The recent outbreak of rolling one-day strike action by members of the Communications Workers Union is the latest episode in a long-running drama involving the Royal Mail that can be traced back to the early 2000s.
Each eruption of industrial conflict has ostensibly focused on different issues, such as a staggered pay offer in 2003 and accusations of bullying management in 2006.
However, underlying the poor industrial relations in the Royal Mail is the issue of potential privatisation, which surprisingly under the Conservative Governments of the 1980s and 1990s, was kept firmly on the political back-burner.
It was the return of 'New' Labour to office in 1997 which, paradoxically, put Royal Mail privatisation firmly back on to the political agenda.
Since the early 2000s, each time significant reform of working practices is discussed, the CWU tends to see the hidden hand of privatisation at play, making Royal Mail look more attractive to potential bidders of its existing services. There is little doubt that this is part of the longer-term strategy of senior management in Royal Mail.
Lord Mandelson is the latest Government minister to attempt a partial privatisation of Royal Mail and its chief executive, Adam Crozier, in a recent interview refused to rule-out eventual partial privatisation.
Reports have been commissioned examining the problems of Royal Mail over the years and the latest of these, the Hooper Report (2007), argued for three key initiatives:
1. Changing the Royal Mail's regulatory structure.
2. Government action to tackle the pensions deficit, which some estimate to be in the region of £10bn.
3. Encouraging private sector involvement in order to help modernise the postal service, create new revenue streams and inject capital into the organisation.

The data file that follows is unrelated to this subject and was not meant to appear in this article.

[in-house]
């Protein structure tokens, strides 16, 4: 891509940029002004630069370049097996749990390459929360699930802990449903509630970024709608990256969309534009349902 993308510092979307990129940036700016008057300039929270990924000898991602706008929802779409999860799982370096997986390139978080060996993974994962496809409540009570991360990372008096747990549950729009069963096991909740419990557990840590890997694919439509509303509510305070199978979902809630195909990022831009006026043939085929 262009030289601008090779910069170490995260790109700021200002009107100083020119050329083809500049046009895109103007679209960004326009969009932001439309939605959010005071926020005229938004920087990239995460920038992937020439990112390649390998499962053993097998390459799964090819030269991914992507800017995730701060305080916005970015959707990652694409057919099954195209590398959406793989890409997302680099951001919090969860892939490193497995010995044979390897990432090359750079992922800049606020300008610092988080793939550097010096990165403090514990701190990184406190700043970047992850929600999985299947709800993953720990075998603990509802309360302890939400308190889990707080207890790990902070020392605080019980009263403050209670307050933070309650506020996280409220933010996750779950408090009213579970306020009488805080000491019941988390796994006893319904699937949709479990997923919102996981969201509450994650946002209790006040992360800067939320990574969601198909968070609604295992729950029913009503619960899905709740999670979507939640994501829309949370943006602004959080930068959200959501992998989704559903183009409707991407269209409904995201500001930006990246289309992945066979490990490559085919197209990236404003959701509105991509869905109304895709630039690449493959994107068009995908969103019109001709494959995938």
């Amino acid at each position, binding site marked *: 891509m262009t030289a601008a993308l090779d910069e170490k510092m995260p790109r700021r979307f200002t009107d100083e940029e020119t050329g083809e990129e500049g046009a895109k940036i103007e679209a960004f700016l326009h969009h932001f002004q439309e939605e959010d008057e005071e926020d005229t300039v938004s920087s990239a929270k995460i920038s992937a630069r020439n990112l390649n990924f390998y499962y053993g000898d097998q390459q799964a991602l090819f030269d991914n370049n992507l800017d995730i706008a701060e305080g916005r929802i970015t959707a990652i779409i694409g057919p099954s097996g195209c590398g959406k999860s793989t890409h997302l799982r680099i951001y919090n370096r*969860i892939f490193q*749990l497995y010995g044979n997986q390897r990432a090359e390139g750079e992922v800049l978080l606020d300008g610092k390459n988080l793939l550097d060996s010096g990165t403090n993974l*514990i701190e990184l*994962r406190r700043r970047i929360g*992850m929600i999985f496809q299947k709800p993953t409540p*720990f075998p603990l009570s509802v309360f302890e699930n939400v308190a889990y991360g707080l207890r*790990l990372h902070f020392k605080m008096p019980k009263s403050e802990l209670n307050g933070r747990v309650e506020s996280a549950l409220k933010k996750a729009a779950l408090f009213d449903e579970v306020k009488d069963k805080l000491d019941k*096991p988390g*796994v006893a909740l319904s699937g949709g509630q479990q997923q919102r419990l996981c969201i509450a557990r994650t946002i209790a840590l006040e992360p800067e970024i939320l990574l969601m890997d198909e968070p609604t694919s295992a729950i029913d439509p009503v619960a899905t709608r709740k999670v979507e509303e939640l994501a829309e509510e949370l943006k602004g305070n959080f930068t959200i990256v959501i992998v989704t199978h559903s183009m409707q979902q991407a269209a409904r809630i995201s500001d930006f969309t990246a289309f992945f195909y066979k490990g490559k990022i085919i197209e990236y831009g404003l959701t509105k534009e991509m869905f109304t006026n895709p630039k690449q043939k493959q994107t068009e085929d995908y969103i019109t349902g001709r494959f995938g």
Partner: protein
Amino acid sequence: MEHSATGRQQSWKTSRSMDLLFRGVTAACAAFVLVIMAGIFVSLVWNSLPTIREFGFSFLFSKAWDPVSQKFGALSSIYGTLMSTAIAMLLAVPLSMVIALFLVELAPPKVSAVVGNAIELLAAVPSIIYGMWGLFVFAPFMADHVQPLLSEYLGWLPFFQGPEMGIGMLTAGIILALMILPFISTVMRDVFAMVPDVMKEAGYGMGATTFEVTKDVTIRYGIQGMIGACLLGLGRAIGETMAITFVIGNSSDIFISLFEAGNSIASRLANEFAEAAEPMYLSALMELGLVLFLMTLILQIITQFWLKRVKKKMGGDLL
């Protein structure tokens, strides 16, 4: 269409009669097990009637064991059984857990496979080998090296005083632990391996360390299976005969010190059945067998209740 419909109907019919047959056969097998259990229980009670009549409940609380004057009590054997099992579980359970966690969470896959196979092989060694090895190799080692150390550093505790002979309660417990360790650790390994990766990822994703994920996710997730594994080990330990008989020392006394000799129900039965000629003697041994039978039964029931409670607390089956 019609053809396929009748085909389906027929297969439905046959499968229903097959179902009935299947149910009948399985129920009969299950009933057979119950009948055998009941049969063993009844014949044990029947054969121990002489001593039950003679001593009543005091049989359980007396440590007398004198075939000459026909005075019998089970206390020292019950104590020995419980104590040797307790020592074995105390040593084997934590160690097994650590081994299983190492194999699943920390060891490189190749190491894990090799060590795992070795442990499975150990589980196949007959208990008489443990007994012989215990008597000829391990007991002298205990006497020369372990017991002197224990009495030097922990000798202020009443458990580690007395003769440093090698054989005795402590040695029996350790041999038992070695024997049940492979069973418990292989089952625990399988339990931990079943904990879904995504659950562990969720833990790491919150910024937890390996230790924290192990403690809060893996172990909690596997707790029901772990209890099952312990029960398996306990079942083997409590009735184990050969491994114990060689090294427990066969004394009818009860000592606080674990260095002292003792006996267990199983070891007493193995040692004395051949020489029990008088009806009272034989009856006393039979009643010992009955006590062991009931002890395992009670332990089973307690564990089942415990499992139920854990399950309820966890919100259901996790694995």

Following Hooper, a deal was agreed by Royal Mail management and the CWU (the pay and modernisation agreement 2007) which appeared to offer a basis for a more stable industrial relations, as well as facilitating widespread change.
The latest strikes signal a clear breakdown in this agreement.
The CWU argues that, at local level, management have ditched the spirit of the agreement and have started to unilaterally impose changes, while management argues union members have been too slow in implementing agreed changes.
What we have then in the Royal Mail is a dispute of principle revolving around the issue of privatisation and its pros and cons for both the service and the employees.
For the CWU, privatisation will herald an end to the universal nature of the postal service, the demise of those parts of the service that are simply not profitable, such as a postal service to rural areas, and a gradual erosion of the terms and conditions of Royal Mail employees (as well as greater job losses).
For senior management partial privatisation is seen as an essential part of any modernisation strategy.
While privatisation remains in the political background, industrial relations will continue along the current rocky road.
I believe the Government should kick into touch the privatisation agenda and then encourage senior management and the CWU to enter into a partnership agreement, giving the union a meaningful input into the modernisation process.
In turn, the CWU will need to agree to push for a faster pace of modernisation amongst its membership within Royal Mail.
Both management and unions should engage with each other constructively with a view to creating a high value added service, utilising sophisticated technology with high levels of staff training, creating higher levels of productivity, facilitating better pay for employees and a better service to its customers.
There's no particular reason why, on this basis, Royal Mail can't work its way through the current unrest and repay some of the investment the taxpayer has made.